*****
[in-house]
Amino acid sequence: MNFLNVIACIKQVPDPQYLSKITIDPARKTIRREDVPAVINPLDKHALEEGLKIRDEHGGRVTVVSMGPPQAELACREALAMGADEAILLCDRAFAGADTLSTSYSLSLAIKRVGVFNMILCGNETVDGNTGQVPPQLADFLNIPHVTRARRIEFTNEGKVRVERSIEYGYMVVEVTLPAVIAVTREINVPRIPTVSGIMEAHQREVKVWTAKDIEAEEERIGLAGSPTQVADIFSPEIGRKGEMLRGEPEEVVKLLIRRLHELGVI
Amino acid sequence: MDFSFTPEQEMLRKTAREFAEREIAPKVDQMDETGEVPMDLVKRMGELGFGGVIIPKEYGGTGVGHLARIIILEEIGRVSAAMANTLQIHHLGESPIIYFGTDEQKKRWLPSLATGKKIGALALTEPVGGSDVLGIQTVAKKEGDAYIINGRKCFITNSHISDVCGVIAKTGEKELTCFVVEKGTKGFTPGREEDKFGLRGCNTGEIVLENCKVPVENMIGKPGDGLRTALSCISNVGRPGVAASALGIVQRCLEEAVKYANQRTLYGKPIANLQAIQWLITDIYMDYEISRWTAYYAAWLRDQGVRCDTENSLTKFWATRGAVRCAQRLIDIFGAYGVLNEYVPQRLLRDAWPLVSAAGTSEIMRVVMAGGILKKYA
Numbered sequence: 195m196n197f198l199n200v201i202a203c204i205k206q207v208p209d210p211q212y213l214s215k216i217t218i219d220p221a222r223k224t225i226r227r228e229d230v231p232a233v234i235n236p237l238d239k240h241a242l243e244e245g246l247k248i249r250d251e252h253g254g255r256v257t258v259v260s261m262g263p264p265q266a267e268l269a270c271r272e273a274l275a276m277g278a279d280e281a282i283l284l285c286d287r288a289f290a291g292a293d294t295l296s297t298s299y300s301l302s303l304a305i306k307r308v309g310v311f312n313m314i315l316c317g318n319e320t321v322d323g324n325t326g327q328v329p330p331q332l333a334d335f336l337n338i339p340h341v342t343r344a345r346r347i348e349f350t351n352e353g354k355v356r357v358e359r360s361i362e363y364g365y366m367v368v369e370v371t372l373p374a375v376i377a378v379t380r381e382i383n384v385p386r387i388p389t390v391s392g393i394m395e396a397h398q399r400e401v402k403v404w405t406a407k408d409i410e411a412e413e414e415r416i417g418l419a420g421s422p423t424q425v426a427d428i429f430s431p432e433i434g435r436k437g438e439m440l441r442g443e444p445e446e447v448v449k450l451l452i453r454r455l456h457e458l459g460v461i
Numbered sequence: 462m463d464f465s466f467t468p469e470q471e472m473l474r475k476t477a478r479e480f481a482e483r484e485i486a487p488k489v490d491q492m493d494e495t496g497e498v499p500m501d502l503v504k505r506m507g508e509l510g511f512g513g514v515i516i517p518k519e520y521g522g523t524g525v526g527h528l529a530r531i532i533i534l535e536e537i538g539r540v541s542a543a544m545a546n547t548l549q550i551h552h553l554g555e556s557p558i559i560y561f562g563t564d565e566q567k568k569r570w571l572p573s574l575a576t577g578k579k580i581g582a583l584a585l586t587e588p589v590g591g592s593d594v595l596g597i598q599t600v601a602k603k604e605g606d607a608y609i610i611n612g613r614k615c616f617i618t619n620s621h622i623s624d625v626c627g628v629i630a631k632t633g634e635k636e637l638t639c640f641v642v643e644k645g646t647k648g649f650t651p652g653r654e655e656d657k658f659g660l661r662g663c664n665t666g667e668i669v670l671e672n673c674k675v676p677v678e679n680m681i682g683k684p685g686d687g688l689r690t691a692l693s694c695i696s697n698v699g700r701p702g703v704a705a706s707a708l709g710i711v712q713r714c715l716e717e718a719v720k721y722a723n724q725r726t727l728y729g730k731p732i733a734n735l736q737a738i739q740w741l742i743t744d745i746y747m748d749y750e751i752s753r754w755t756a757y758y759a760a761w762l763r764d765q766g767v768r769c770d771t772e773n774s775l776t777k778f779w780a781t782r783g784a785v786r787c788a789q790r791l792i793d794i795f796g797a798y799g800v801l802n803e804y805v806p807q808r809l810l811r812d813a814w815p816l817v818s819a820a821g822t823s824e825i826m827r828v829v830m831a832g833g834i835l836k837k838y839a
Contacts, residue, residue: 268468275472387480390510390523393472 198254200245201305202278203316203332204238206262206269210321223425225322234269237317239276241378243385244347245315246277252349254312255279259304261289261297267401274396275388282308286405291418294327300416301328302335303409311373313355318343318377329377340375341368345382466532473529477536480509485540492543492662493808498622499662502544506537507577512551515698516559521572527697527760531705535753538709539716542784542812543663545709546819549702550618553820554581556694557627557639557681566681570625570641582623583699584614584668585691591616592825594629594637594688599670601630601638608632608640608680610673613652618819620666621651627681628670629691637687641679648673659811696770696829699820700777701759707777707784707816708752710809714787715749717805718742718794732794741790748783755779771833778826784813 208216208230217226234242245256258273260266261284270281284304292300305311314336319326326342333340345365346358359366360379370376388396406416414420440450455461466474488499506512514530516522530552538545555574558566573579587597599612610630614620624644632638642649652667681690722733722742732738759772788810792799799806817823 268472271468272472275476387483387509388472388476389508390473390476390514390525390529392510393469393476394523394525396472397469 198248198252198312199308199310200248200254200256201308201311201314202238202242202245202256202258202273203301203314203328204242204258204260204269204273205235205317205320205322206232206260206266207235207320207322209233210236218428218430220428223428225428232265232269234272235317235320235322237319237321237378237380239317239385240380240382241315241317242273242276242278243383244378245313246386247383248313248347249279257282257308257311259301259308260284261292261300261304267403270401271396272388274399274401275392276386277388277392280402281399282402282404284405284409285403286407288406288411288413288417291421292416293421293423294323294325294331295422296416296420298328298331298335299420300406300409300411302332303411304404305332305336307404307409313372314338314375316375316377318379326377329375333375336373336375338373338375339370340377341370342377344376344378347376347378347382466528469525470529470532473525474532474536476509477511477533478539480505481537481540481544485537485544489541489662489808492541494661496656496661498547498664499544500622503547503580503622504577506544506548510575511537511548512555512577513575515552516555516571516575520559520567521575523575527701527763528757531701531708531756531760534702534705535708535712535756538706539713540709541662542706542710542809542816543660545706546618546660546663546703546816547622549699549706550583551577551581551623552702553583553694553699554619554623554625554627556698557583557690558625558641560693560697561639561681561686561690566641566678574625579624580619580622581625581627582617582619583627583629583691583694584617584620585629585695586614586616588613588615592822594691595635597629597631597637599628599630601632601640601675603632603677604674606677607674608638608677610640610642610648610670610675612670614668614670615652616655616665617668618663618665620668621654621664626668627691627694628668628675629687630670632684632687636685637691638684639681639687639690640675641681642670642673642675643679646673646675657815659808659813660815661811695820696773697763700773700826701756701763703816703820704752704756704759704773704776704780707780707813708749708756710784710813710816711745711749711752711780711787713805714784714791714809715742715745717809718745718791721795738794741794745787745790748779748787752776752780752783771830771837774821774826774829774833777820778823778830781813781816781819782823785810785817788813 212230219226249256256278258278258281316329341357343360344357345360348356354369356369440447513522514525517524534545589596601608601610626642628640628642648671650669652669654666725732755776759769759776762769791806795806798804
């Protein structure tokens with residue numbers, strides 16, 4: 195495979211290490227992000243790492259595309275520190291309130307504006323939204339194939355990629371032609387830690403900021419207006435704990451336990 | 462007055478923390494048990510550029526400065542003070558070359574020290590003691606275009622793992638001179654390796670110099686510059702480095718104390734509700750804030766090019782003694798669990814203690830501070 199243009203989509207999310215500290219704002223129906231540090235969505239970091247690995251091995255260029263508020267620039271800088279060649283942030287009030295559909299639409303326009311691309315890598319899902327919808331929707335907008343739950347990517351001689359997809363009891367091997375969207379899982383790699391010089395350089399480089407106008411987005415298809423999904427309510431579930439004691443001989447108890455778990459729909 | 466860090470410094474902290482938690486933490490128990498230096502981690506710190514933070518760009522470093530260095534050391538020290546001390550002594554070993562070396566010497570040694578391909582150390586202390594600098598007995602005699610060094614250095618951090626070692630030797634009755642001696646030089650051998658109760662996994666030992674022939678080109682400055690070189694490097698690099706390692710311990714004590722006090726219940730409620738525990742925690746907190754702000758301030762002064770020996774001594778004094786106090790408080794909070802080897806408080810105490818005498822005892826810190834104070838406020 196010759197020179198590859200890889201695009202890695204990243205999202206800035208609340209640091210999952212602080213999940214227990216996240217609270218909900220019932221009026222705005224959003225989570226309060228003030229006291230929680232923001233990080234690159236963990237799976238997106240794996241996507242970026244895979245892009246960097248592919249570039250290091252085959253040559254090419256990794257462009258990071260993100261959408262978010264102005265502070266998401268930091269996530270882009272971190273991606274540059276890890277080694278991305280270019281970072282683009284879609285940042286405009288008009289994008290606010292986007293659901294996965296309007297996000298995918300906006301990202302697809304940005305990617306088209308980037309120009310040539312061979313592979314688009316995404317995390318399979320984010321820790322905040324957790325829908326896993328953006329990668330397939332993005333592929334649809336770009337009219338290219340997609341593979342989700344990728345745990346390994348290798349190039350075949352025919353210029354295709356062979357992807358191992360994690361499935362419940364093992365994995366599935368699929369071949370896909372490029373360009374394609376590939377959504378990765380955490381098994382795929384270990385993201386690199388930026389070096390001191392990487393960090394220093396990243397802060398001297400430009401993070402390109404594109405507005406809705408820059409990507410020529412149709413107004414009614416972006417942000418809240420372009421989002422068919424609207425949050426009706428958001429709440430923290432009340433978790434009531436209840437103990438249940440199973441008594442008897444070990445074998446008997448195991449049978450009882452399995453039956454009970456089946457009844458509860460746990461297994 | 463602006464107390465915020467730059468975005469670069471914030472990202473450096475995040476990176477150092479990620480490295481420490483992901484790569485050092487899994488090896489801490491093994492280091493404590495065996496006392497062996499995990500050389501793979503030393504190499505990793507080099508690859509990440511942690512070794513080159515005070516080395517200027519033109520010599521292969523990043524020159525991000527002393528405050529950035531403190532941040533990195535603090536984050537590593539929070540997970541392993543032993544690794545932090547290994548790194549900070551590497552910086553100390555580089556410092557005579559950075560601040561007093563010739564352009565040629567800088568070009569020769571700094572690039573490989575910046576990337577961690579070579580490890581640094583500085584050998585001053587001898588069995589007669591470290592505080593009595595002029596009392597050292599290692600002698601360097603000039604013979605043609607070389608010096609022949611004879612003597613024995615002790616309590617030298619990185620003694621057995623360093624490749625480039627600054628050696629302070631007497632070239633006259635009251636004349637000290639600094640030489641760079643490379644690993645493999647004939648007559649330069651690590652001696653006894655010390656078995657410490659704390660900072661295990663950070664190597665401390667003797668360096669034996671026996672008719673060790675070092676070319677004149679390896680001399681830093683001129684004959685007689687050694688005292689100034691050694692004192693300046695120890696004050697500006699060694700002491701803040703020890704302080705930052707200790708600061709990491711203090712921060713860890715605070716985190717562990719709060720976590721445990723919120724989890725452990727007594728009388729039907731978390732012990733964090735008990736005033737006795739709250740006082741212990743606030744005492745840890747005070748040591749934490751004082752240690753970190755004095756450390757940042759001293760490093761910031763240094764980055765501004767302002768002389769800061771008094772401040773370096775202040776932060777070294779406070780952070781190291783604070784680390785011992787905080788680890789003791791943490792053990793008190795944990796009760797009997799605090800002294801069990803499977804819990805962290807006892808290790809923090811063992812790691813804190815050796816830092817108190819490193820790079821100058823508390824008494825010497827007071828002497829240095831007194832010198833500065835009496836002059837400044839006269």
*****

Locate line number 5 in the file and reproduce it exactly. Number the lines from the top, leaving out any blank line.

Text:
Numbered sequence: 462m463d464f465s466f467t468p469e470q471e472m473l474r475k476t477a478r479e480f481a482e483r484e485i486a487p488k489v490d491q492m493d494e495t496g497e498v499p500m501d502l503v504k505r506m507g508e509l510g511f512g513g514v515i516i517p518k519e520y521g522g523t524g525v526g527h528l529a530r531i532i533i534l535e536e537i538g539r540v541s542a543a544m545a546n547t548l549q550i551h552h553l554g555e556s557p558i559i560y561f562g563t564d565e566q567k568k569r570w571l572p573s574l575a576t577g578k579k580i581g582a583l584a585l586t587e588p589v590g591g592s593d594v595l596g597i598q599t600v601a602k603k604e605g606d607a608y609i610i611n612g613r614k615c616f617i618t619n620s621h622i623s624d625v626c627g628v629i630a631k632t633g634e635k636e637l638t639c640f641v642v643e644k645g646t647k648g649f650t651p652g653r654e655e656d657k658f659g660l661r662g663c664n665t666g667e668i669v670l671e672n673c674k675v676p677v678e679n680m681i682g683k684p685g686d687g688l689r690t691a692l693s694c695i696s697n698v699g700r701p702g703v704a705a706s707a708l709g710i711v712q713r714c715l716e717e718a719v720k721y722a723n724q725r726t727l728y729g730k731p732i733a734n735l736q737a738i739q740w741l742i743t744d745i746y747m748d749y750e751i752s753r754w755t756a757y758y759a760a761w762l763r764d765q766g767v768r769c770d771t772e773n774s775l776t777k778f779w780a781t782r783g784a785v786r787c788a789q790r791l792i793d794i795f796g797a798y799g800v801l802n803e804y805v806p807q808r809l810l811r812d813a814w815p816l817v818s819a820a821g822t823s824e825i826m827r828v829v830m831a832g833g834i835l836k837k838y839a